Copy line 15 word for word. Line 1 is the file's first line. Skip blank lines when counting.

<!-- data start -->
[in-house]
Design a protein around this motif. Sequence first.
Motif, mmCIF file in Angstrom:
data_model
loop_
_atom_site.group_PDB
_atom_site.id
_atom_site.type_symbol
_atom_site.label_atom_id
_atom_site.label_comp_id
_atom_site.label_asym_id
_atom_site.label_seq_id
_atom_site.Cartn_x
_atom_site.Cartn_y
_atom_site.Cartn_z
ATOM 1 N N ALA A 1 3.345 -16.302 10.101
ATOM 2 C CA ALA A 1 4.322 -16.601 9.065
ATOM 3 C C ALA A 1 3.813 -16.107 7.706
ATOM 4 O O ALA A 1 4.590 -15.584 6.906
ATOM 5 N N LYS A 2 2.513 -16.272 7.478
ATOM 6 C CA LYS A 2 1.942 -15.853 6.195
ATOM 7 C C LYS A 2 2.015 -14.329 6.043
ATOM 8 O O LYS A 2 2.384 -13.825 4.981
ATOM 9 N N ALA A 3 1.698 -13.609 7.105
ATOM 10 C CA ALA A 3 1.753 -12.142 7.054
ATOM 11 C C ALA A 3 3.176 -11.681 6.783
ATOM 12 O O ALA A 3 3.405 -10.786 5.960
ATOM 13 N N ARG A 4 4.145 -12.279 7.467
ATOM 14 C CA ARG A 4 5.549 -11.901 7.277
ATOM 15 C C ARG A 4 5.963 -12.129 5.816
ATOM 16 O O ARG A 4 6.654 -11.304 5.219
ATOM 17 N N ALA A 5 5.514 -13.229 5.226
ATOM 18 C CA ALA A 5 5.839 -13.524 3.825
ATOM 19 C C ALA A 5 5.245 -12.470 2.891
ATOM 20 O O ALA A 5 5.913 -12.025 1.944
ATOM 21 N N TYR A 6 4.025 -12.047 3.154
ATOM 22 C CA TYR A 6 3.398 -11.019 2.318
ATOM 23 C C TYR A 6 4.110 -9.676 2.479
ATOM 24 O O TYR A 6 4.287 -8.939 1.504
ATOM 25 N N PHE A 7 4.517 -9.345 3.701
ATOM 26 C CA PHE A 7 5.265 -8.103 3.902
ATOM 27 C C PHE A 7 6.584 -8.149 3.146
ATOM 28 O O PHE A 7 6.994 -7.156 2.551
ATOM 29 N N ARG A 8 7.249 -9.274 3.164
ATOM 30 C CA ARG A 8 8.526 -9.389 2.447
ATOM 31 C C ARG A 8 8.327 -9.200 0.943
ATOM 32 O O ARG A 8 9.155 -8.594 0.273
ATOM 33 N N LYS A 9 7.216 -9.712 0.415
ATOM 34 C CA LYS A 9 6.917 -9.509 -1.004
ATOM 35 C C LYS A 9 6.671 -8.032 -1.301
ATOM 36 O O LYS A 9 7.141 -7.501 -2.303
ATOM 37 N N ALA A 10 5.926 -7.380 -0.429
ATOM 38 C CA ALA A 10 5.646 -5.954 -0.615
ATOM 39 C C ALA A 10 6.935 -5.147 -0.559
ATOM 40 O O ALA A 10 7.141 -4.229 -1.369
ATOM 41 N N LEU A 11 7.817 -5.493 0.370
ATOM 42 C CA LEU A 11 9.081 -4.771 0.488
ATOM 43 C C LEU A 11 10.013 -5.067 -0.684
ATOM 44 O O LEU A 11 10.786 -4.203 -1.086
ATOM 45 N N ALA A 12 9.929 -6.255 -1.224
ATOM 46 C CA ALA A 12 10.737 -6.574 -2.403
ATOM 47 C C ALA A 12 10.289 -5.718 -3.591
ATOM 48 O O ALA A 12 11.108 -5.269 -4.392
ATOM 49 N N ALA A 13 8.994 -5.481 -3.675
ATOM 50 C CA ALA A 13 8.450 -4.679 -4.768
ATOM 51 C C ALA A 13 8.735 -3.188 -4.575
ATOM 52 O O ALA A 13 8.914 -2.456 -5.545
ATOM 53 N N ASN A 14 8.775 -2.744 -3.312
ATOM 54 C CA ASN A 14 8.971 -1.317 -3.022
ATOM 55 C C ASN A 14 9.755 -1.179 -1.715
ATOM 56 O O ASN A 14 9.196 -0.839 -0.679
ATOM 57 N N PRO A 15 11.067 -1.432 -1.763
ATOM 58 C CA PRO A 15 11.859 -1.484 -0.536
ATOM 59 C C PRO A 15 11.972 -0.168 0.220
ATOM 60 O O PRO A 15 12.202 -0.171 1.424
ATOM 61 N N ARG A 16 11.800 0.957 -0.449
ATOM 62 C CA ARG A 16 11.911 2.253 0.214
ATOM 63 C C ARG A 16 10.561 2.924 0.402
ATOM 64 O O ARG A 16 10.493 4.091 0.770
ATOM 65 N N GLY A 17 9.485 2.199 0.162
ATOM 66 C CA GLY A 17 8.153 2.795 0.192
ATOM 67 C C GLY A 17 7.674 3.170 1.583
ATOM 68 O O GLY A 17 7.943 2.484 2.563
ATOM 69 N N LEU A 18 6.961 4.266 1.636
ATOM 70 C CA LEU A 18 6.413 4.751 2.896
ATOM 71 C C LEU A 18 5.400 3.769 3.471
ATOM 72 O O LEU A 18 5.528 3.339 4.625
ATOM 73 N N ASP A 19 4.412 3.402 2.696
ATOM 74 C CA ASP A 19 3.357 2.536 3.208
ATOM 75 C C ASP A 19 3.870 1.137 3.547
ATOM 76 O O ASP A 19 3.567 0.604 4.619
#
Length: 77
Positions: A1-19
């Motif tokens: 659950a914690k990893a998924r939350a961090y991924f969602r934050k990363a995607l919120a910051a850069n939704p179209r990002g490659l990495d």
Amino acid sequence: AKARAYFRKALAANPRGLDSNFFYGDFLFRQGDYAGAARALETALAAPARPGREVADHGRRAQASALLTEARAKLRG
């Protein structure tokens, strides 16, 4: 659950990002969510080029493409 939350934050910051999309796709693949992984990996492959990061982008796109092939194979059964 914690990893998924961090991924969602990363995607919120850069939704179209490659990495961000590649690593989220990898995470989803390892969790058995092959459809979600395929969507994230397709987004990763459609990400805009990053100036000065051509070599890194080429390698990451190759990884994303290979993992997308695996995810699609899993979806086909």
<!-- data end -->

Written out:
_atom_site.Cartn_z